Law enforcement agencies on the same page


Within the first two months of the certification process, more than 100 Ohio law enforcement agencies have applied and are now undergoing review to fully adopt and implement the new state standards recently established by the Ohio Collaborative Community-Police Advisory Board.

Twelve agencies became provisionally or fully certified by meeting new statewide standards for the use of force, including deadly force, and agency recruitment and hiring. The standards are the first of their kind in Ohio and were developed by the 12-member collaborative in August 2015 as part of the state’s efforts to strengthen community and police relations.

Portsmouth Police Chief Robert Ware said the city is preparing to make application in the near future.

“These law enforcement agencies are demonstrating a commitment to providing extraordinary services in their communities by engaging in this certification process,” John Born, Director of the Ohio Department of Public Safety and co-chair of the Ohio Collaborative, said.

The state has partnered with the Buckeye State Sheriffs’ Association and the Ohio Association of Chiefs of Police to help certify Ohio’s nearly 1,000 law enforcement agencies on a process to ensure that they are in compliance with Ohio’s new standards. Certifications will continue throughout 2016 and a report detailing the compliance status of agencies will be published in March 2017.

Inside a recent 8-hour training block involving the Scioto County Sheriff’s Office, there were several units including “Police-Community Relations,” “Constitutional Use of Force,” and De-escalating of Persons in Crisis.”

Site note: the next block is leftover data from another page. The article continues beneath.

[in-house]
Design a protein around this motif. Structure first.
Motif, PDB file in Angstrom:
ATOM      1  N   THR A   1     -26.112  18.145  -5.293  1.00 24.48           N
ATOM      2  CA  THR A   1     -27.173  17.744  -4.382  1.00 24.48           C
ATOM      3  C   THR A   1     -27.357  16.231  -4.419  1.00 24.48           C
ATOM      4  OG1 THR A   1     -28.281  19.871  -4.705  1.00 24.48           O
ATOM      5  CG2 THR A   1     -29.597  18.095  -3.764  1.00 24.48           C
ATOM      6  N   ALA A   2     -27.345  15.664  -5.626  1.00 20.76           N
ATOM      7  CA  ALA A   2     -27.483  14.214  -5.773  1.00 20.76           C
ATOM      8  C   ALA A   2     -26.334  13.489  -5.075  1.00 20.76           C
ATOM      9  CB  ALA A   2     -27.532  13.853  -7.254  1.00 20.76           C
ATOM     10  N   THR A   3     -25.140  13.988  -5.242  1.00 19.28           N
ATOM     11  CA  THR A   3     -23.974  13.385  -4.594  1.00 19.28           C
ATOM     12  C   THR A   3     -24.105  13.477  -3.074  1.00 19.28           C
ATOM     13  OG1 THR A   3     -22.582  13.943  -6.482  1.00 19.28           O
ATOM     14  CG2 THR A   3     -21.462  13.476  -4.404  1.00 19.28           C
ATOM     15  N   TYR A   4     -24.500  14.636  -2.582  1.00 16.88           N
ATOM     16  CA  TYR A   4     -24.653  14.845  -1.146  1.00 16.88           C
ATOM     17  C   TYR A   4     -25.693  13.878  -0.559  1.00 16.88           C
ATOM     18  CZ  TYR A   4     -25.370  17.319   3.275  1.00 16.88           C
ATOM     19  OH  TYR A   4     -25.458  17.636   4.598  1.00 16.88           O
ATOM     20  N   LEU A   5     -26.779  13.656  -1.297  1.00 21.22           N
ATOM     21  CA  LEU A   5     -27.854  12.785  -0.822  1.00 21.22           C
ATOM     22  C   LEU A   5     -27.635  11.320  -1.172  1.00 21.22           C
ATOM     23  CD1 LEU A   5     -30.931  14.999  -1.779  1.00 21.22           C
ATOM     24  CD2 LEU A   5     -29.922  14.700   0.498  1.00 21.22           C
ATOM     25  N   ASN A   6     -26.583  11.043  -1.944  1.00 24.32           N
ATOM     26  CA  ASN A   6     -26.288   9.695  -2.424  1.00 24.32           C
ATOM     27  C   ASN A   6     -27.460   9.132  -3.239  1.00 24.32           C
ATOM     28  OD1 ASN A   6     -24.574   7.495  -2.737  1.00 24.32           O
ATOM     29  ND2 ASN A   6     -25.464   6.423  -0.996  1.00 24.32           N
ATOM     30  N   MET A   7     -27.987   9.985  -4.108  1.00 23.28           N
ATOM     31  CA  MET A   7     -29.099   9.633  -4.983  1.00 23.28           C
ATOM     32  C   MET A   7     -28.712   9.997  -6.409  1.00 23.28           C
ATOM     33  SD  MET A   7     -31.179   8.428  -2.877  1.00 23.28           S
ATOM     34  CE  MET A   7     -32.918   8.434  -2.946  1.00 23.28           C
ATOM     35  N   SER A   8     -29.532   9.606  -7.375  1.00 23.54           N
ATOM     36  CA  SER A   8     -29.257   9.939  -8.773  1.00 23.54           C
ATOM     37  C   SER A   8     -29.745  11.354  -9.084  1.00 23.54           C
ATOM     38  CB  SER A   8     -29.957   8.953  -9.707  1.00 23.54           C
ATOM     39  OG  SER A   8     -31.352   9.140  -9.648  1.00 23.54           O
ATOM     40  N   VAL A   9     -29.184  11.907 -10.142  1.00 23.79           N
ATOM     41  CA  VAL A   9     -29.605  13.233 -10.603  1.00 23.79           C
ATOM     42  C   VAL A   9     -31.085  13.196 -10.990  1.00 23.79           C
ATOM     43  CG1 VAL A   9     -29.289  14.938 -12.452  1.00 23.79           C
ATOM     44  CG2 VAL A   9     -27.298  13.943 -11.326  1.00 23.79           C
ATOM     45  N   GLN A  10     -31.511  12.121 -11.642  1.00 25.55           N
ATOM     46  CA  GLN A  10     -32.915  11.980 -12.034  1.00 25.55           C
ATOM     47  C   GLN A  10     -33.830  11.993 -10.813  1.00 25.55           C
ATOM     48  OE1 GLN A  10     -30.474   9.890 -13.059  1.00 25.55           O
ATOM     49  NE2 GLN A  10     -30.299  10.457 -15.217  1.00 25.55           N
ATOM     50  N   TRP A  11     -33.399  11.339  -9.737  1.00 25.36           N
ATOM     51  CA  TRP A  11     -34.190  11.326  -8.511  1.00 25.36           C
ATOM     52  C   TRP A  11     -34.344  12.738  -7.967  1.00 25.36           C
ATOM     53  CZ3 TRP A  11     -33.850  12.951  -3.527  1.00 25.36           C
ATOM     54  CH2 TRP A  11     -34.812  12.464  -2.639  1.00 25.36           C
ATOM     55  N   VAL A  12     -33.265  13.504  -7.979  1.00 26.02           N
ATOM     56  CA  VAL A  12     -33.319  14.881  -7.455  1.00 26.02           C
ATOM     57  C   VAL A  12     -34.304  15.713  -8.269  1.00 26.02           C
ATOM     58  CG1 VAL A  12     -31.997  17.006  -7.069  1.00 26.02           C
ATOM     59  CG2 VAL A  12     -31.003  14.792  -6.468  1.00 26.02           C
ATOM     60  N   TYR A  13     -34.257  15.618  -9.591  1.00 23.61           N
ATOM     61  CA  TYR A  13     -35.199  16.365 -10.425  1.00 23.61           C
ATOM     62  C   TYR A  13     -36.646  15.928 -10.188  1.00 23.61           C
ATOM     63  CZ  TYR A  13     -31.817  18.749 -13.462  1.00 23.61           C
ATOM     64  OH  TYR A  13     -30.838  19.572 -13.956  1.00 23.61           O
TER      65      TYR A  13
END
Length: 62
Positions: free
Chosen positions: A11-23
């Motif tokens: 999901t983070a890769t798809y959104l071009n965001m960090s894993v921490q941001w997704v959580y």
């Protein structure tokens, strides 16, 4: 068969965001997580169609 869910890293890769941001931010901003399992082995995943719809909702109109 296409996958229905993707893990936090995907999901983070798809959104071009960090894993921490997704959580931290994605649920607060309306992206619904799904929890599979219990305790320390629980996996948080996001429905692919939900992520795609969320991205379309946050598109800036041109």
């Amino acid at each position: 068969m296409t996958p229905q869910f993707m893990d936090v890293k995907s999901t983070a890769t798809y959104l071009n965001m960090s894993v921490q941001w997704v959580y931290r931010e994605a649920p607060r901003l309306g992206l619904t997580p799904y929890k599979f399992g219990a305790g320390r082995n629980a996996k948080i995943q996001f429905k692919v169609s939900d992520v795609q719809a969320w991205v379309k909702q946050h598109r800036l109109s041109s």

“What this 8-hour block is mainly geared toward is what has been happening in the last year or two,” Scioto County Sheriff Marty V. Donini said. “They want the officers to understand what it takes to interact with the community; what it is the community expects and procedural justice. That’s all they want to know that there has been a procedure followed. They want the officer to make an effort to resolve or solve the crime.”

The Ohio Collaborative and the Ohio Office of Criminal Justice Services also announced the Change Starts Here Campaign during the meeting. Warhol & WALL ST, a Columbus-based lifestyle marketing and creative development company, created the multi-pronged outreach and education campaign geared to raise awareness about community-police relations in Ohio.

“The Ohio Collaborative Community-Police Advisory Board’s efforts illustrate the bridging of the divide,” Sen. Nina Turner, co-chair of the Ohio Collaborative, said. “Both the police and the community need each other in order to create communities that are safe, vibrant and confident. We all must continue working towards this goal with commitment, transparency and trust, and this campaign is a critical step in that direction.”

Governor Kasich issued Executive Order 2015-04K on April 29, 2015, establishing the Ohio Collaborative to oversee implementation of recommendations from the Ohio Task Force on Community-Police Relations and the creation of the community-law enforcement advisory panel.

For more information on the certification process for law enforcement, the list of certified agencies, the Change Starts Here public awareness campaign or the Ohio Collaborative, its members and the new standards, visit: or

By Frank Lewis

[email protected]

Reach Frank Lewis at 740-353-3101, ext. 1928, or on Twitter @franklewis.

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